Adding to Microsoft's legal woes, rival Sun Microsystems filed a lawsuit seeking more than $1 billion in damages, alleging "extensive anticompetitive conduct" toward its Java product. In January, AOL Time Warner sued Micro-soft for damages to its Netscape web browser. Last year, the software giant was found guilty of abusing its monopoly power, harming Java and Netscape. The Justice Department and nine states have OK'd a settlement in the antitrust action, but nine other states want additional restraints on Microsoft.
For the first time in its history, Berkshire Hathaway, the holding company of investment mogul Warren Buffett, lost value last year. On Saturday, the Omaha, Neb.-based company reported a 76 percent drop in net profit for 2001, due largely to insurance underwriting losses from the Sept. 11 terrorist attacks. Buffett apologized for letting Berkshire take on a "dangerous level of risk."
In its first moves to try to emerge from bankruptcy, Kmart said it will close 284 stores in 40 states, plus Puerto Rico, and cut 22,000 jobs. The company also said Friday it will not offer severance packages to laid-off employees and will liquidate more than $1 billion worth of merchandise from the affected stores. Analysts predicted Kmart will announce at least one more wave of store-closings.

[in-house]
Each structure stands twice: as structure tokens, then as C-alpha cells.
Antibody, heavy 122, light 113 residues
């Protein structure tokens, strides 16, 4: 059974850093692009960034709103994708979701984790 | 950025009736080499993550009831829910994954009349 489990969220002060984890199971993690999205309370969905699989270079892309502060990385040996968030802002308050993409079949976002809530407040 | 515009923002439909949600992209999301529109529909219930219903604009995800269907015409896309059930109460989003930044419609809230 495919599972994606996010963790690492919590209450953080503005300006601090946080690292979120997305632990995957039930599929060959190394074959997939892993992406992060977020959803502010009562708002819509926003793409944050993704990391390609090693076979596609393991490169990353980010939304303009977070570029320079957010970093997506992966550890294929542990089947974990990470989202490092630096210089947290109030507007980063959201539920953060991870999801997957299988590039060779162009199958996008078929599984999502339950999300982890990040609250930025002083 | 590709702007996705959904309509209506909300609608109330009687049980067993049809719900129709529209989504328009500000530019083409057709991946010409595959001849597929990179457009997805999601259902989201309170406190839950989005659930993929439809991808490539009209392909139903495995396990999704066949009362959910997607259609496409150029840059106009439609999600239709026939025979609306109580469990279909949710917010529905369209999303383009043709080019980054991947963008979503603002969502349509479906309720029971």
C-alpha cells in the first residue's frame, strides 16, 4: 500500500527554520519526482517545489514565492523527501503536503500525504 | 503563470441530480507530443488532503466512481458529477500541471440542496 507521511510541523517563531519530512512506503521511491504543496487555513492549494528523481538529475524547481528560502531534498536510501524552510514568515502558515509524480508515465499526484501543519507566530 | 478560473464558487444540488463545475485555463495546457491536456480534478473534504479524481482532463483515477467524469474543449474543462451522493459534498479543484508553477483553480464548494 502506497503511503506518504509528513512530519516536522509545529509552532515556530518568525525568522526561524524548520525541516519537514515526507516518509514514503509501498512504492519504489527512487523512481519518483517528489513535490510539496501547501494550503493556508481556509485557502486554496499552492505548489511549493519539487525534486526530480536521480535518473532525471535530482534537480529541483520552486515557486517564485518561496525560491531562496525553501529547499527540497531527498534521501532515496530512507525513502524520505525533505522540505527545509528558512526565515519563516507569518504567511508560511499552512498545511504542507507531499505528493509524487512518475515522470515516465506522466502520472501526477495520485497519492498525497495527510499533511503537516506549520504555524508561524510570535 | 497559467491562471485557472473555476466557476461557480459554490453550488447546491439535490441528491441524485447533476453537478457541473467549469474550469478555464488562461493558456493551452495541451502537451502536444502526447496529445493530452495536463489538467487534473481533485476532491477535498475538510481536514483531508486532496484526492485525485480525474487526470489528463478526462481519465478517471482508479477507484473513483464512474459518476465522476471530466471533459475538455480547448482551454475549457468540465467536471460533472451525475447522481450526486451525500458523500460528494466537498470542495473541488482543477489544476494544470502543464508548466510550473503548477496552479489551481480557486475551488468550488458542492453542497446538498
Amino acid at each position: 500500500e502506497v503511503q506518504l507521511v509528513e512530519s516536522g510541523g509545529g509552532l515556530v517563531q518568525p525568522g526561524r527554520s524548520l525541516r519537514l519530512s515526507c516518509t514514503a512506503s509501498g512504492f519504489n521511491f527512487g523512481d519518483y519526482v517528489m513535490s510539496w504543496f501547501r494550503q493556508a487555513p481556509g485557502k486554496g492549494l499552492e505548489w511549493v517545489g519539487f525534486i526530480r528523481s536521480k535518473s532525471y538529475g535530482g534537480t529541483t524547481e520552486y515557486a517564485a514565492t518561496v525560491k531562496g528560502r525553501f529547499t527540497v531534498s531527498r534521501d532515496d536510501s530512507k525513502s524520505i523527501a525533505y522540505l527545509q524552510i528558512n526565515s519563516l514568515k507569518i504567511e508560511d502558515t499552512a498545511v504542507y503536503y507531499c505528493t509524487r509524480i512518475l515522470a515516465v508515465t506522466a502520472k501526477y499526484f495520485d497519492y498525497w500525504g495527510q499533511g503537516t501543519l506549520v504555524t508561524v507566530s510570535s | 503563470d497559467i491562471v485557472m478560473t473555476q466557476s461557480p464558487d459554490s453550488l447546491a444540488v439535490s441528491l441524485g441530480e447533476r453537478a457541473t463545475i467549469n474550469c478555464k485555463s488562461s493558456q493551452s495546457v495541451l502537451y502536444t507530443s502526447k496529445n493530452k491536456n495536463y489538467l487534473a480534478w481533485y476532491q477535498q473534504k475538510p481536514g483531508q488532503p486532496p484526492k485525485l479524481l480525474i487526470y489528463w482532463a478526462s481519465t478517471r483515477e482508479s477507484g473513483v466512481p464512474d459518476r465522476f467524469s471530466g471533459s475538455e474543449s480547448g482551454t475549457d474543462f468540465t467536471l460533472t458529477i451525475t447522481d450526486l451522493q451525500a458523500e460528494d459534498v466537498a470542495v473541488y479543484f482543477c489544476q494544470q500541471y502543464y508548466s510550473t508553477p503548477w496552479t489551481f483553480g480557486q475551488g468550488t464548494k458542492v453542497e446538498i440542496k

Bankrupt Global Crossing Ltd. announced another 1,600 layoffs and said it will close 71 offices and may sell its video and web conferencing business and other assets to try to lower operating expenses by $600 million. In addition, the company said Friday that some senior executives would take pay cuts of up to 30 percent. On Jan. 1, 2001, Global Crossing had about 15,000 employees. By the end of this month, there will be fewer than 6,000, reports said.